GUANGZHOU – Dongfeng-Nissan Passenger Vehicle Co., Ltd. signed an agreement with Guangzhou municipal government in August to establish a new plant in Huadu District with an investment of ¥5 billion ($730 million) to make Nissan-branded passenger vehicles in 2012, said a report in Huaxia Shibao (China Times).
The new plant, with a designed capacity of 240,000 cars, will sit adjacent to the first passenger vehicle plant of the Sino-Japanese joint venture.
Dongfeng-Nissan, the PV branch of Dongfeng Motor Co., Ltd. (DFL), currently has two production facilities in China – one in Huadu district of Guangzhou city with an annual capacity of 360,000 cars, and the other in Xiangfan of Hubei Province with an annual capacity of 100,000 units. By completion of the new plant, Dongfeng-Nissa’s total production capacity will be lifted to 700,000 units per year.
In order to meet mounting market demands, Dongfeng-Nissan has been running three shifts since July in both of its two plants with a hope to increase its output capacity by 20 percent to 560,000 units, according to a company announcement. “Our current capacity is far from enough to meet demands, and the new plant will solve that problem,” company vice general manager Ren Yong told reporters.
Nissa’s top market
Nissan scored robust growth in China in the first half of 2009. Combined sales of Nissan-branded and Infiniti-branded cars reached 332,181 units from January to June, up 19 percent against the same period last year. Of the total, 225,073 units were Nissan-branded cars, up 41.3 percent year-on-year.
China surpassed the U.S. to become the largest market for Nissan in April and June respectively. Accumulative sales of the Japanese automaker in China in the first half of 2009 finished second only after the U.S., which had 347,744 units sold in the period.
Sales of the Nissan Teana sedan came to 8,951 units in June, up 208.5 percent year-on-year, according to media reports. A total of 45,670 units of the Teanas were sold in the first half of 2009. And combined sales of the Tiida sedan and hatchback hit 13,751 in June, 10.4 percent higher than the same period a year earlier.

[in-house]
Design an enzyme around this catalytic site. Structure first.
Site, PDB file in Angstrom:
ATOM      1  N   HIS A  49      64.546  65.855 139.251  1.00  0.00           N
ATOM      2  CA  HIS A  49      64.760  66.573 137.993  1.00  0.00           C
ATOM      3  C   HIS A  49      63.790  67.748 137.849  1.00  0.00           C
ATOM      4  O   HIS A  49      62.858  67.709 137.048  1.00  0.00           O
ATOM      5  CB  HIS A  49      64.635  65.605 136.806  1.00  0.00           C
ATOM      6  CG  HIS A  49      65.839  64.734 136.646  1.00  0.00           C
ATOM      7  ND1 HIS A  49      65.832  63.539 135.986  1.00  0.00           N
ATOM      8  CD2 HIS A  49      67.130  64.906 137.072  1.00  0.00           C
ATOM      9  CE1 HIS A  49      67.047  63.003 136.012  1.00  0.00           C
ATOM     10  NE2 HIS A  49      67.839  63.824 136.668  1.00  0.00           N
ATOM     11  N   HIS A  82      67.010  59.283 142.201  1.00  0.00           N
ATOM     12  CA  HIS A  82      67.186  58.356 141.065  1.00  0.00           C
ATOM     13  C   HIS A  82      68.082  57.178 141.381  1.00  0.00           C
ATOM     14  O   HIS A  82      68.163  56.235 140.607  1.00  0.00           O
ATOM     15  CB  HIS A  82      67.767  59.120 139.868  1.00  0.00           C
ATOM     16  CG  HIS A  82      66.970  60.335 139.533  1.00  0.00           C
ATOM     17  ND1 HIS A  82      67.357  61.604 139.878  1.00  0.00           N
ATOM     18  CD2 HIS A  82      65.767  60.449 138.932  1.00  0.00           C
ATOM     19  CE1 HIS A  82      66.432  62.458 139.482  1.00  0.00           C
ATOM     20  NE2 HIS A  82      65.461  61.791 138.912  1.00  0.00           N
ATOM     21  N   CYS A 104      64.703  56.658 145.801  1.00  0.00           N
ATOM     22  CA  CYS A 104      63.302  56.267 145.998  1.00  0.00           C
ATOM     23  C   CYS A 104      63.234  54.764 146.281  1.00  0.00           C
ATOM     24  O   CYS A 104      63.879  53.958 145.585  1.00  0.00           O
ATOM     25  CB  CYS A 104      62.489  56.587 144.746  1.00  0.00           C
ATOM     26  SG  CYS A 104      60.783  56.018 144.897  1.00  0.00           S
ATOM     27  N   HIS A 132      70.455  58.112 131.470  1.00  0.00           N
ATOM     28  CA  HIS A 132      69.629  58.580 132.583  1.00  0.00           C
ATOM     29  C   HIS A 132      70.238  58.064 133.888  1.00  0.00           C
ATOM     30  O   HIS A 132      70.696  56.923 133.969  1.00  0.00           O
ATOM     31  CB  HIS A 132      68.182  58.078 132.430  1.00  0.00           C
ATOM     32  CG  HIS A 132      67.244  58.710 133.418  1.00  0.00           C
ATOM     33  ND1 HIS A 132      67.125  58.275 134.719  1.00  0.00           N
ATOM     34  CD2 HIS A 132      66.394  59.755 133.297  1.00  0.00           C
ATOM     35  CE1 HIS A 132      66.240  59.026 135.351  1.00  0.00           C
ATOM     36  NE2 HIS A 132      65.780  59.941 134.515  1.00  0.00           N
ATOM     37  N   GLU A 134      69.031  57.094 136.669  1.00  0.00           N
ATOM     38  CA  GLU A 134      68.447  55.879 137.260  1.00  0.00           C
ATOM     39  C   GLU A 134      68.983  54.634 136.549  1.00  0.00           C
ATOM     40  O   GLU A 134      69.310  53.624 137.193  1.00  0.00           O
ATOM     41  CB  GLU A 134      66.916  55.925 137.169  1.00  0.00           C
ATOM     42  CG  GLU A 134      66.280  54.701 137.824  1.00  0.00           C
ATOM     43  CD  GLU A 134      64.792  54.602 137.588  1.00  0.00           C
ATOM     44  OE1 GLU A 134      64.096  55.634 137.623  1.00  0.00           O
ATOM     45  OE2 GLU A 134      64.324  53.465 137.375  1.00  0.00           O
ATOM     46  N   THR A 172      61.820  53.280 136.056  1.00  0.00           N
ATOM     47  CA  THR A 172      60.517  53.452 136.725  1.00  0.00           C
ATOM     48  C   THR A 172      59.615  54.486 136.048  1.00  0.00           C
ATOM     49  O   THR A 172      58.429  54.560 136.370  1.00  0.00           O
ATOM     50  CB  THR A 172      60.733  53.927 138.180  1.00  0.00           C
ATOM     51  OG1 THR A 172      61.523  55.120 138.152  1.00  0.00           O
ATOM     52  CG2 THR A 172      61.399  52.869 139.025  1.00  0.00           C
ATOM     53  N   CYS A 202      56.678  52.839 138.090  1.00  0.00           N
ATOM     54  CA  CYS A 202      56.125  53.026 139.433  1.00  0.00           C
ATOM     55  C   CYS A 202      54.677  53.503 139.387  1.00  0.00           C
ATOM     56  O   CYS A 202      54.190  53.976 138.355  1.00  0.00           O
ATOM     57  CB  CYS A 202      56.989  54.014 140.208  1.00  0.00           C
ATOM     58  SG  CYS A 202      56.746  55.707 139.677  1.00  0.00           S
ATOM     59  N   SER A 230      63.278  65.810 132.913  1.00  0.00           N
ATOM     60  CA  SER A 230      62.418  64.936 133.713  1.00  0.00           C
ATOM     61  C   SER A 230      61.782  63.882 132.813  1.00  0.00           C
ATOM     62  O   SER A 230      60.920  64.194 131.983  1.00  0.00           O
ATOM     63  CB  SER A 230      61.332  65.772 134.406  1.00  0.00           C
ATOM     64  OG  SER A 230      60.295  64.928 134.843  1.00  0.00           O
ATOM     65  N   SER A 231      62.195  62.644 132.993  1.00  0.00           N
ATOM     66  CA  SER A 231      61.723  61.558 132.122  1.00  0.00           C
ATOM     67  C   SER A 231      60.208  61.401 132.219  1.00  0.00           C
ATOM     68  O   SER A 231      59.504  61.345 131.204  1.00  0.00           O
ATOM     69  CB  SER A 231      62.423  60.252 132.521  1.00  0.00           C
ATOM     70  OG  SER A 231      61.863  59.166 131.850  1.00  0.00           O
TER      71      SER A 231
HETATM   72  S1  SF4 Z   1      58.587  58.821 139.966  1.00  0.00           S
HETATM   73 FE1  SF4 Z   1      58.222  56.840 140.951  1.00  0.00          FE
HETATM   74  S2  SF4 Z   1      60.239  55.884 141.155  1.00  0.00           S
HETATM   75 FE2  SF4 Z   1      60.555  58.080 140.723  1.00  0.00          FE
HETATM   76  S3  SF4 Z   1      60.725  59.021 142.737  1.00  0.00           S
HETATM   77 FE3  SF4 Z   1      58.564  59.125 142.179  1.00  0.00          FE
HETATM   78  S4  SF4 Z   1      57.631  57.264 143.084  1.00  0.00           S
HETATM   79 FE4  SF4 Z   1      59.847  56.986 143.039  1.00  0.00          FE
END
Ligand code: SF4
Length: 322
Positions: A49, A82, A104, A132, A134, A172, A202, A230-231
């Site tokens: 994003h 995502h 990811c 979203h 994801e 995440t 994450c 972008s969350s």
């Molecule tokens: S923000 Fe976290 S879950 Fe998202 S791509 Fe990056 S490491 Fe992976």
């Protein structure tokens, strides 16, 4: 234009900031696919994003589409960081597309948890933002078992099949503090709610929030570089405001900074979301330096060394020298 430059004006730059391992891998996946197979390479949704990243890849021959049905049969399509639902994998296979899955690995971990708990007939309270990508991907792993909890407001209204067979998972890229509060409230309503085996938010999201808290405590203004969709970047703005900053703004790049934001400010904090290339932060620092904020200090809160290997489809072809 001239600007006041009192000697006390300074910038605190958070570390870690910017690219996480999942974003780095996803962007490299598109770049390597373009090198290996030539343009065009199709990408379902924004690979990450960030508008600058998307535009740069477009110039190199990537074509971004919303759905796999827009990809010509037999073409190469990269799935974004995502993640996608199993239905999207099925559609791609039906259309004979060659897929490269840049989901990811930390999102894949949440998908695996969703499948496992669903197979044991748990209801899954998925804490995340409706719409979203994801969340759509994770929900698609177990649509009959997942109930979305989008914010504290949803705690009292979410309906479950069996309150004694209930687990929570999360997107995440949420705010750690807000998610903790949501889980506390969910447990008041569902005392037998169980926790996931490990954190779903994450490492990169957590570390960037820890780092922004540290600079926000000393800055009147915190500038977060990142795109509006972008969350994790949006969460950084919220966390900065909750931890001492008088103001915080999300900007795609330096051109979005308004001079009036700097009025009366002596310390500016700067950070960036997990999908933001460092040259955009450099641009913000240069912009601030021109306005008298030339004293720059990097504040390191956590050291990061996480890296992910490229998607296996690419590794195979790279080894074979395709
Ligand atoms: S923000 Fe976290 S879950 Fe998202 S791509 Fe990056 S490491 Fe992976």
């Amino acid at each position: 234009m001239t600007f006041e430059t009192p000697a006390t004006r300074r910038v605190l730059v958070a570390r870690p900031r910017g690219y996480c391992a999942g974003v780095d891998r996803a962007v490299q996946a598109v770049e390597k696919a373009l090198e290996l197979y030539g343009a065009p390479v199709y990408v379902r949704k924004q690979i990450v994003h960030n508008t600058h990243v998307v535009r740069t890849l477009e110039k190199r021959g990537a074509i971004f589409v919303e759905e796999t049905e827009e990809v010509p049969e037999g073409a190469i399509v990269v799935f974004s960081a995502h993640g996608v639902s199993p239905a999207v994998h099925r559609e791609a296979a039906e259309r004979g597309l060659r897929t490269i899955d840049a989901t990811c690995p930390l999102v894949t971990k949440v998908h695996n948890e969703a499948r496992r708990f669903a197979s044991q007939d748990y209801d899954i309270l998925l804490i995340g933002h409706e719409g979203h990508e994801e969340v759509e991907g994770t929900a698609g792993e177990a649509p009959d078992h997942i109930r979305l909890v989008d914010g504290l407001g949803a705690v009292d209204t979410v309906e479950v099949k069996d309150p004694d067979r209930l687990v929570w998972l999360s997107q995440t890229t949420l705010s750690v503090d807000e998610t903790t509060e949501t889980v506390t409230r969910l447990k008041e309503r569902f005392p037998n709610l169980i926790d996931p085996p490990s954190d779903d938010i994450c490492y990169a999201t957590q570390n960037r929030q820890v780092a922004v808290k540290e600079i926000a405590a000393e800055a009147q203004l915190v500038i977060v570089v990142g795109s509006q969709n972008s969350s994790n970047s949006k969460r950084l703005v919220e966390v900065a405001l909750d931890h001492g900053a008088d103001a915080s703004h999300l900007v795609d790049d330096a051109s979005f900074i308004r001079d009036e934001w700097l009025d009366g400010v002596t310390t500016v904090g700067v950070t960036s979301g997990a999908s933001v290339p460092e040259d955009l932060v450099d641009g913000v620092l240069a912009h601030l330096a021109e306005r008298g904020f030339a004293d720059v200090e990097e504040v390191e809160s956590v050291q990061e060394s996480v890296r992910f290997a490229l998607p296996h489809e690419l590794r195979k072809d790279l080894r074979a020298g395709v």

Toshiaki Otani, Dongfeng-Nissa’s general manager, told reporters in March that in spite of the fact that Nissan has to cut many investments as a result of the financial turmoil, the Japanese automaker decides to cast its limited resources in the Chinese market.
The company is likely to reach its full-year sales target of 388,000 vehicles ahead of schedule, compared with its full-year sales of 350,000 units in 2008.
“China has become the most important strategic market for Nissan,” said DFL president Kimiyasu Nakamura, “and adding a new plant here will further lift the position of Dongfeng-Nissan in China.”
Nakamura also stated that DFL’s goal is to become the top PV manufacturer in China.
The booming Chinese automotive market caught many automakers unprepared amid the global economic crisis. As a result, a number of them ran out of capacity and thus decided to expand their plants to increase production. According to rough estimates, 17 automakers have announced expansion plans this year.
Korean automaker Hyundai Motor announced on August 4 to add a third plant in China with an annual production capacity of 300,000 units by 2012. BYD Auto said it will lift capacity to 800,000 units by expanding its Shenzhen and Xi’an bases and building a new one in Changsha. Chery eyes an 850,000-unit capacity after expansion, while Chang’an Auto plans scale-up at its multiple production facilities. Tianjin-FAW-Toyota’s third plant with 150,000-unit capacity will enter operation next year. Great Wall Motor will add another 100,000-unit capacity in Tianjin.
According to CBU-Autostats, China sold more than 4 million passenger cars in the first eight months of the year, up 32.43 percent from the same period of last year.